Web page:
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"It's time to watch Reading Rainbow!" she exclaimed.
Everyone tumbled onto the ground and started to huff and puff. Ms. Miles dimmed the classroom lights and placed a Reading Rainbow tape into the VCR. Momentarily, Reading Rainbow's whimsical theme song started to play:
"Butterfly in the sky
I can go twice as high
Take a look
It's a book
A reading rainbowâ€¦."
At first glance I felt that Reading Rainbow was a nonsensical television show that bribed young children into giving capsule book reviews, but after watching a series of episodes on regular basis I became profoundly infatuated by Reading Rainbow's alluring animations and illustrations. While most of my classmates fell asleep, I vividly watched as LeVar Burton (the host of Reading Rainbow) enunciated every syllable in a particular word. For instance, a word such as monkey would appear in bright purple letters across the television screen, and Burton would say repeat after me "mon" then "key".
"Now put the two syllables together and you will get "monkey".
"Now that wasn't hard at all was it," Burton said with a smile.
I watched Reading Rainbow so much during kindergarten that at nap time I could envision the vibration of LeVar Burton's lips stressing that "d sounds like d in did" and "r sounds like r in red". Initially I thought that I was going insane, but I soon realized that I was learning how to interpret and articulate different terms. As my reading skills began to proliferate, I started to persuade my parents into purchasing small novels for me to read. I read books like Diary of a Worm by Doreen Cronin, The Gingerbread Man by Jim Aylesworth, I Can Read with My Eyes Shut by Dr. Seuss, and assortment of other novels.
By the time I reached middle school my admiration for reading books declined severely. In middle school I realized that reading was considered boring and was not cool. Anyone that read books or textbooks on their leisure time was ridiculed or mocked. I personally did not want my friends to make fun of me so instead of going home after school to study or to read my textbooks, I would play games at my friend's house. I spent my entire first two years of middle school socializing with friends, participating in extracurricular activities and trying to become popular rather than improving my literacy skills. Thus, in 8th grade when I took my high school placement exam, it was apparent from my test scores that I was unprepared and not ready for high school. I was infuriated when I acknowledged that I failed my English placement test, because I knew that if I had focused more in my 6th and 7th grade English class I would have passed the placement test. When I realized the severity of the issue, I begged my middle school guidance counselor for a second chance at retaking the placement test. Luckily, I was granted the opportunity of taking a two month English program during the summer. The main purpose of the program was to help me improve my reading and writing skills. At the end of the program I was able to retake the high school English placement test. I passed the placement test and I was able to take regular English in high school.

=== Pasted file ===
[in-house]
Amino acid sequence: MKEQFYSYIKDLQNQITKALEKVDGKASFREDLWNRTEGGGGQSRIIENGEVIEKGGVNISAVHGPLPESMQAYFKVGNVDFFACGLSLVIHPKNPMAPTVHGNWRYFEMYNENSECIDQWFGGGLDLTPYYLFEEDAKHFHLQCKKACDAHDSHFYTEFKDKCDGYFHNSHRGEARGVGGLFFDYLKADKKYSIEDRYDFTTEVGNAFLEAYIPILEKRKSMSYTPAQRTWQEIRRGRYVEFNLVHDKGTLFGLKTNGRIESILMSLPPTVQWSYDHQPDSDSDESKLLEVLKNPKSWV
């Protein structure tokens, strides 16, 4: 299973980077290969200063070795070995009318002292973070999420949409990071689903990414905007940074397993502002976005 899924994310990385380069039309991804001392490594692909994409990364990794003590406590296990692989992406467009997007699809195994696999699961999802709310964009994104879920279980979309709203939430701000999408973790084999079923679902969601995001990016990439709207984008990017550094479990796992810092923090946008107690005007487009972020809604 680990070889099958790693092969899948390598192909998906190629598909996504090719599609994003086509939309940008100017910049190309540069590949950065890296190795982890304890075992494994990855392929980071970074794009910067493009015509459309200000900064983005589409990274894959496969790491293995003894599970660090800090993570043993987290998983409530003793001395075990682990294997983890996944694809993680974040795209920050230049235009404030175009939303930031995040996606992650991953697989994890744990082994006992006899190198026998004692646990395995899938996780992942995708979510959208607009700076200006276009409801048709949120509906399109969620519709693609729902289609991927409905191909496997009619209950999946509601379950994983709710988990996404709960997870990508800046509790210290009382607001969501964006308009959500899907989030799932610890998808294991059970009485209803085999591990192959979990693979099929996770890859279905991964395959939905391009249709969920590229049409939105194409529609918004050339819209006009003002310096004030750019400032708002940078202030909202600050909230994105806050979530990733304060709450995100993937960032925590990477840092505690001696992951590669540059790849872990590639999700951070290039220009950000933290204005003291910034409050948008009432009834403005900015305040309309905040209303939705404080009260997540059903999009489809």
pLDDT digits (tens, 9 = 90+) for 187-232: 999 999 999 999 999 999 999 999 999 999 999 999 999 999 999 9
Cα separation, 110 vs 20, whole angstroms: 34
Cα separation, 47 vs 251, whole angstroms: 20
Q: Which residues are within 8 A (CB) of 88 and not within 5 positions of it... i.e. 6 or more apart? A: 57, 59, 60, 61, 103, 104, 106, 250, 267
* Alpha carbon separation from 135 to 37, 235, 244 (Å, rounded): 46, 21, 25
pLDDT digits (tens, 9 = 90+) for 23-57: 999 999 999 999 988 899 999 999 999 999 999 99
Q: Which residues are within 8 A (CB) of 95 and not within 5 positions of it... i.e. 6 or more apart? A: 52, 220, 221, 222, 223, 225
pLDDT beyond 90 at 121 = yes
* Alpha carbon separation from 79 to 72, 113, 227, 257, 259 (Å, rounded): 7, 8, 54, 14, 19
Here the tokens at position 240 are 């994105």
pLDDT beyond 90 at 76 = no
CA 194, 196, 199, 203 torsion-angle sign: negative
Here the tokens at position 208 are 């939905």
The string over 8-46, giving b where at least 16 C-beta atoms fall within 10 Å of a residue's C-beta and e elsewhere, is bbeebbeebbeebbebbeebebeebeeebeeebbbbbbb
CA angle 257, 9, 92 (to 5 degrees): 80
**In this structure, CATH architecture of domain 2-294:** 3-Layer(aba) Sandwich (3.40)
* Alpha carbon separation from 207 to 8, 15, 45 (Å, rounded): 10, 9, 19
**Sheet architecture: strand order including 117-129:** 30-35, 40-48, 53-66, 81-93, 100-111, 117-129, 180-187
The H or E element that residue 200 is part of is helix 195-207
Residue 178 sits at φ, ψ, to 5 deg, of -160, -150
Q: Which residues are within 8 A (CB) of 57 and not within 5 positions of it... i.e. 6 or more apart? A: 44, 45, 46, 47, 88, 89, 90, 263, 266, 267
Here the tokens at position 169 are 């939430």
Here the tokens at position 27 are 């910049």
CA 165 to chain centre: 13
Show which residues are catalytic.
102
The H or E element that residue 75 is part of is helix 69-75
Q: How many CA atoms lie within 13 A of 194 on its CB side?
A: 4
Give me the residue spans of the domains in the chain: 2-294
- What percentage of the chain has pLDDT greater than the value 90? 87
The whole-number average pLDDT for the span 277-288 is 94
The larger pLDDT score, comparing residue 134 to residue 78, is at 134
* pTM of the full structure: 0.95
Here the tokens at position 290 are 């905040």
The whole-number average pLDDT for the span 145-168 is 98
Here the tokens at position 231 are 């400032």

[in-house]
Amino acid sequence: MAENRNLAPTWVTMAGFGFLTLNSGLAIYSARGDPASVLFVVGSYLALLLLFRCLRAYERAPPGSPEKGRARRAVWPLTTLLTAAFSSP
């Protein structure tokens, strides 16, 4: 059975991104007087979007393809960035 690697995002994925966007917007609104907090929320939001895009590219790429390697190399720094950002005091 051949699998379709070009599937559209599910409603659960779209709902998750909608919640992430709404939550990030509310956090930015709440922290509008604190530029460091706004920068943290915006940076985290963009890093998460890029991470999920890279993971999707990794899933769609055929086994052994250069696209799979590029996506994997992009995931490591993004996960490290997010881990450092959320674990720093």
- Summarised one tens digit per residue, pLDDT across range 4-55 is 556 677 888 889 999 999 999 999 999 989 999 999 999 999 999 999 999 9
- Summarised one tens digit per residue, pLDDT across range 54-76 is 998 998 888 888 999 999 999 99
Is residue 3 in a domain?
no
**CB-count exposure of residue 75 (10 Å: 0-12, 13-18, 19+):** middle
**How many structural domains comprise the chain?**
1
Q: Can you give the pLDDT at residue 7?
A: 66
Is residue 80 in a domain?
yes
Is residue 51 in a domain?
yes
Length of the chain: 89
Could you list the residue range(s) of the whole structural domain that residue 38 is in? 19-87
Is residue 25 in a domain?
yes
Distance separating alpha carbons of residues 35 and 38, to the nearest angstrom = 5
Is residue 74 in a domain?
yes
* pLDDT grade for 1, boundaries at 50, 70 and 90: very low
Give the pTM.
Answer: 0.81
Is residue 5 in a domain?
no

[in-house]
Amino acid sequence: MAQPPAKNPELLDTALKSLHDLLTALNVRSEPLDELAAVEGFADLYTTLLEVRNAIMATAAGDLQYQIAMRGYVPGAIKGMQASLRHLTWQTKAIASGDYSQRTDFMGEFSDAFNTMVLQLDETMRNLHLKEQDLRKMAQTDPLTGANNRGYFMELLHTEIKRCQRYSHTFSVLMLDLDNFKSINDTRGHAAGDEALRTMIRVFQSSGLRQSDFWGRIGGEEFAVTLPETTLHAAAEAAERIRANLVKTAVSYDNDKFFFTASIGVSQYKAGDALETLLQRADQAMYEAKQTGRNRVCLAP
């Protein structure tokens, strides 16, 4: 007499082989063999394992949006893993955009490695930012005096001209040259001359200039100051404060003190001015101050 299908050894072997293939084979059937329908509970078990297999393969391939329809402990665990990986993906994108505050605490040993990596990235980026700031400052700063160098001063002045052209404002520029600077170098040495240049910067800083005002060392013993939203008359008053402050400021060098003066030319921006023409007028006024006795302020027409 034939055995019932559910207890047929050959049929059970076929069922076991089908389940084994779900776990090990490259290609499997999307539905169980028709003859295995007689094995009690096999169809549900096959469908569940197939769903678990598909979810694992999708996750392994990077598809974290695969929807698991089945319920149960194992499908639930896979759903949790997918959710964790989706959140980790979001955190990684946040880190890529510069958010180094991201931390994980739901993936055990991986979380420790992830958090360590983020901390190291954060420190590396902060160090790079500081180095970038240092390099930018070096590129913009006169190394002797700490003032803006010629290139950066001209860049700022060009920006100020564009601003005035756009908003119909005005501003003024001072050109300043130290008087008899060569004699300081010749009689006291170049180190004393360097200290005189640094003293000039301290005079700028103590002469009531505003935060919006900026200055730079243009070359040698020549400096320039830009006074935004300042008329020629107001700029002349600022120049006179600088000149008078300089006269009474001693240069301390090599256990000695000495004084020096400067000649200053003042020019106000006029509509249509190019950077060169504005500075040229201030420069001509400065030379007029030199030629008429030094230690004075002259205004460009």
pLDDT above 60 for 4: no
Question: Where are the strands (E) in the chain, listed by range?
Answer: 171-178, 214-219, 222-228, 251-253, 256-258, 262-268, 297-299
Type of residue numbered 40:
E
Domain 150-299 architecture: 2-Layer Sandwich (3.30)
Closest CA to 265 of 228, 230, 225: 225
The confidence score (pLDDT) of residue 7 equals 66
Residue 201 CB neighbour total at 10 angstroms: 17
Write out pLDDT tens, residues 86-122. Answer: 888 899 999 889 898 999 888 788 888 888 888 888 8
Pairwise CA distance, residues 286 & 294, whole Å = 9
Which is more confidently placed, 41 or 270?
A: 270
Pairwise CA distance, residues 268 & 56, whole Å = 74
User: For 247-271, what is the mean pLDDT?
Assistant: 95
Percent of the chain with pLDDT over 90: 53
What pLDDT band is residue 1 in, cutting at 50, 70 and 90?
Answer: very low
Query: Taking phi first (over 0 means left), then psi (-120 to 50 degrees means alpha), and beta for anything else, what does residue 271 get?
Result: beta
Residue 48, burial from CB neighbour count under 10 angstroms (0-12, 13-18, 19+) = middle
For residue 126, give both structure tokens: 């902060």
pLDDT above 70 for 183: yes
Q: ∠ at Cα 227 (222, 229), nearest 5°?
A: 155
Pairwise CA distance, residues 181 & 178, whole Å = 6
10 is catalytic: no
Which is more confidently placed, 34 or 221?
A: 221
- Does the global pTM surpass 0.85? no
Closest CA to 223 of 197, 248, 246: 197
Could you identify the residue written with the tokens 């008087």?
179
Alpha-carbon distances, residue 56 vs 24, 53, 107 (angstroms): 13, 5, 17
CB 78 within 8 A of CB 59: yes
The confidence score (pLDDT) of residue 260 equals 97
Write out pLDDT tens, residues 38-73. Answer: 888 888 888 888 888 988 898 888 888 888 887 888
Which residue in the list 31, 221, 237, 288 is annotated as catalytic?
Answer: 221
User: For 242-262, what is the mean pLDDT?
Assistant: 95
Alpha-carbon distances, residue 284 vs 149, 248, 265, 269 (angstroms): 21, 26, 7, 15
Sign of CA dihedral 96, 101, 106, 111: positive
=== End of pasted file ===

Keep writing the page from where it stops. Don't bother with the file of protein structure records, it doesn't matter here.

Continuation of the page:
In the beginning of high school, English was a difficult course for me, because it required an ample amount of reading and writing skills. Since I was too busy socializing with friends in middle school, I never learned how to analyze and interpret literature, write in-depth research papers, and understand certain college level vocabulary words. I struggled throughout my freshman year because everything was new to me. I use to get very irritated when my English professor would ask me a question on a particular literary text, and I could not answer the question because I did not understand the passage. Compared to the other students in the class, I was the only person that was unable to decipher any of the literary passages that the instructor had assigned. Even thought I would get irritated at times, I was still determined to learn how to comprehend the literary passages. One mechanism I used to help me apprehend the literary texts was what I called "LeVar Burton's repeating technique." I remember that Burton use to say "in order understand a sentence or phrase you must carefully read it over and over again until you are able to apprehend its meaning." Therefore whenever I did not understand the context of any literary passage, I would read the text over and over again until I was able to comprehend its meaning and main idea. Even though "LeVar Burton's repeating technique" might sound and seem absurd to many people, but it has enabled me to understand specific words in essays, novels, and articles.
Although Ms. Miles consistently had to wheedle my classmates and I into watch Reading Rainbow, it has had a prodigious impact on my literacy skills. Learning how to read and write at a young age allowed me to express my emotions and thoughts on paper. Without Reading Rainbow I believe that I would not have been able to understand that "th is pronounced as th in thin" and "sh sounds like sh in shy". Just like in Superman and Me, Sherman Alexie was able to break the stereotypical assertion that "Indians were only monosyllabic"; with the help of Reading Rainbow, I able to increase my simple form of dialect by accumulating a collection of new terminology.